Businesses can afford to make rational decisions, your managers often can’t. In most organizations the upside to the individual of making a decision is much less important to the individual than the downside of making a wrong decision. Humans protect themselves from loss.
How the predictions are being presented, the training the individual who is presented the outcome, and the likely decisions are critically important. If the model suggests Jim has a 60% chance of leaving does their manager see that risk as a prompt for decreasing Jim’s risk or as a prompt to reduce the cost of losing Jim, for example by stopping investing in Jim’s development?
We believe, in most instances, it’s better to communicate factors that increase risk, and how to address them, rather than communicating individual-level predictions. With a good model achieving 80% accuracy it’s worth remembering that 1 in 5 predictions will be wrong. Focus on subgroups rather than individuals.
Decide how you’re going to measure the changes
We believe that changes need to be iterative and tested. The good analytics team will work with those responsible for making the changes to design ways of capturing fresh data to monitor and validate the changes. In turn they should use this data to refine their models.
In an ideal world you’d run pilots (a more organization-friendly way of describing experiments). Here it’s important to be looking for the unintended consequences. It’s best to make several small changes rather than bundling changes into a series of large, broad programmes. Small and targeted is the right approach.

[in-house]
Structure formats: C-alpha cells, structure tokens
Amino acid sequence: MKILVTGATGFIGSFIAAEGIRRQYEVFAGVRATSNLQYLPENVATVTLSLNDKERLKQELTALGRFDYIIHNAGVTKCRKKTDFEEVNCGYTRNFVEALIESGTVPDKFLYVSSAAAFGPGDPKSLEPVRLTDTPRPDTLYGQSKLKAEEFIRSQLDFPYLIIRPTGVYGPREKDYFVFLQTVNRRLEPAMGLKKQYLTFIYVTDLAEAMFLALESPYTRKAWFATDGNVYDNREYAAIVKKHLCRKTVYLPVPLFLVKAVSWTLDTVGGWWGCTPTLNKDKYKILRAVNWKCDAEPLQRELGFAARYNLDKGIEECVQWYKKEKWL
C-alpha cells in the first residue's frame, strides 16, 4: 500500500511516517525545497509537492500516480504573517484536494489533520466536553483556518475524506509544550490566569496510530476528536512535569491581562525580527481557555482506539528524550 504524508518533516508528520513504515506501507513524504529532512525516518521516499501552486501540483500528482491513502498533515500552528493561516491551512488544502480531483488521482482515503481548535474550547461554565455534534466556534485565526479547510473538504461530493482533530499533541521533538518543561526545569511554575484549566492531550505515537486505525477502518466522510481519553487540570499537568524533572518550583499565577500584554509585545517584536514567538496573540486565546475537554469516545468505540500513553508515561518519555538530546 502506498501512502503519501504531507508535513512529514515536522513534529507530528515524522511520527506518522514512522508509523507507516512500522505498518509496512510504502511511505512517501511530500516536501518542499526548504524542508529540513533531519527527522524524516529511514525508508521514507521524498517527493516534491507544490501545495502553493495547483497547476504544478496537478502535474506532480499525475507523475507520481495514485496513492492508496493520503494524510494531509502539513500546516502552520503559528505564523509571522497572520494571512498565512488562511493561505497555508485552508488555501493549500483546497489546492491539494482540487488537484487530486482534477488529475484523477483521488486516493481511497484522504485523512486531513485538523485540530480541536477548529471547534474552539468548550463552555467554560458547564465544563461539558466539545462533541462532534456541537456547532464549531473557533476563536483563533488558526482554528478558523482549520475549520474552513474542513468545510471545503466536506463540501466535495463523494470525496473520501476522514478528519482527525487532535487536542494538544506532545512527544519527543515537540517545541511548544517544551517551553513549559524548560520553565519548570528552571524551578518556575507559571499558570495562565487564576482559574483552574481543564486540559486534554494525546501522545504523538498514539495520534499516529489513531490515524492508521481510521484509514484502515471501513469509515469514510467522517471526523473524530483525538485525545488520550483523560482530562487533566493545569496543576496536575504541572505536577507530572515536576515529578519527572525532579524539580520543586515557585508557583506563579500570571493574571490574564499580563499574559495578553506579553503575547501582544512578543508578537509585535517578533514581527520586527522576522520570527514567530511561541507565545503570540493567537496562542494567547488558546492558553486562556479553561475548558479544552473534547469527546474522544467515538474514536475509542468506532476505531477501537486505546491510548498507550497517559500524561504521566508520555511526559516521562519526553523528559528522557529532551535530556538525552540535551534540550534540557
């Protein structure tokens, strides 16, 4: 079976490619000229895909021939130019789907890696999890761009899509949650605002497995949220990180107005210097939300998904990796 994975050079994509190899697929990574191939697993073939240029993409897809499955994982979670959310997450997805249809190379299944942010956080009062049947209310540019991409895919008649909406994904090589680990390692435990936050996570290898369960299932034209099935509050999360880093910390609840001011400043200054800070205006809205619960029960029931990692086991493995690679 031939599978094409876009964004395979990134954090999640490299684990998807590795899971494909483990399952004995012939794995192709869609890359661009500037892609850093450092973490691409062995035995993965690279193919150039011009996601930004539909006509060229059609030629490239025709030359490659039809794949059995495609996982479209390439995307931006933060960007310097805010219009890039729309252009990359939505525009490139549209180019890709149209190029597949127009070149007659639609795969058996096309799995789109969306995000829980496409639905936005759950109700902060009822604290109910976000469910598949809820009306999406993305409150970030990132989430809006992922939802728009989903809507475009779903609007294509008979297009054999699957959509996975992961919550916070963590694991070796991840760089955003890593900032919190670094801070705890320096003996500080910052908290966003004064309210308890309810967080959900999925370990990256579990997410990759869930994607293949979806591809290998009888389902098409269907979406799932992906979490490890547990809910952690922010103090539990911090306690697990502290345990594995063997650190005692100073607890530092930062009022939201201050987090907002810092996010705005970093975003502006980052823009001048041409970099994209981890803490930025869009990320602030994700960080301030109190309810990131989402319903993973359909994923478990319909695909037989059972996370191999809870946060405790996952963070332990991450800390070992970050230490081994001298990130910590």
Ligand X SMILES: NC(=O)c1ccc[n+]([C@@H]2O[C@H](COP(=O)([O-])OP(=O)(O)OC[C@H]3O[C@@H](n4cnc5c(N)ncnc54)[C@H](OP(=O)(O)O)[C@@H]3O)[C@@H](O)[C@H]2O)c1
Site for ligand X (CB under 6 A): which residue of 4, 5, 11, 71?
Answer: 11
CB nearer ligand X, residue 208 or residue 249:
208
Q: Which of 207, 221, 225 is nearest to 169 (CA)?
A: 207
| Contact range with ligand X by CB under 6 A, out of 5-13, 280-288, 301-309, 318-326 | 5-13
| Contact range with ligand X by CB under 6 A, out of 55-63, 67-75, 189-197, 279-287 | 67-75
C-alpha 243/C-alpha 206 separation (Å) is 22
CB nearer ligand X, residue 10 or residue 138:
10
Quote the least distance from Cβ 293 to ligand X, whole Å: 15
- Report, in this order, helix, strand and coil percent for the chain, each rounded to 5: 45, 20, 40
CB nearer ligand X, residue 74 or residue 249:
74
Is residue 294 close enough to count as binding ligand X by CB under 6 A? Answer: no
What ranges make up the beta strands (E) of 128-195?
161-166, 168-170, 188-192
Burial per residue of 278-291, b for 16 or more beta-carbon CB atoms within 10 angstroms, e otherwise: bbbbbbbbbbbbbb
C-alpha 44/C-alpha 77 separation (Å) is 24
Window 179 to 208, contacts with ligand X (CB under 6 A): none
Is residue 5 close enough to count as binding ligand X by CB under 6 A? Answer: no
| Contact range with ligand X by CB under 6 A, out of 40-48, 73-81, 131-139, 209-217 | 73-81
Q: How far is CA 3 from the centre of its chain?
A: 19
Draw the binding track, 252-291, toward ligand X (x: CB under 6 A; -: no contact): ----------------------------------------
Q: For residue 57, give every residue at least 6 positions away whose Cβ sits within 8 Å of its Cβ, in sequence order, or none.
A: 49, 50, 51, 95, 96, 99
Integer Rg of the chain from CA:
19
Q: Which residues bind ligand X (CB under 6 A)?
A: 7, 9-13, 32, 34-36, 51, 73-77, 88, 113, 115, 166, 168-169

Measurement should be designed not only to capture reliable data but also to reduce the friction in capturing that information. This way it’s likely to be measured.
Look for 4x+ projects
So which projects to attempt, and how much is it worth?
Given all this uncertainty in implementation we probably need to be tackling projects where the expected net return (return – cost of implementation) is several multiples of a conservative estimate of value. Our crude guide is to look for areas where the potential value is at least 4x the cost of the analysis.
A good way of doing this is to use your financial model early on to identify the outcome if you could improve the situation by 5%. For a topic which hasn’t previously been improved using empirical data this is usually a conservative estimate yet reasonable to achieve.
The next phase is to build your model in a series of stages. Use milestones at regular places to identify if it’s worth refining the model. Don’t be afraid to stop early. Modelling suffers from decreasing marginal value quite quickly.
I suspect that 50% of a People Analytics function needs to be people who understand how to make the changes and not analysts. You’ll want this ‘consultant’ role to have as good an understanding of how to make organization changes as understanding the models.
However, it’s important that they have a good knowledge of the way data can support decision making. It is important that they understand how models work, what they can say and what they can’t. They need to understand where to apply analytics and where it’s probably best to rely on managers intuition (because they are making good decisions already in relatively low-value areas). They’re the organizations’ coach on how to apply data to decision making.
The ultimate goal of any People Analytics function is not to build models – it’s to encourage empirically-driven decisions about business issues that depend on the workforce.
This article was originally posted on LinkedIn on June 2 2016.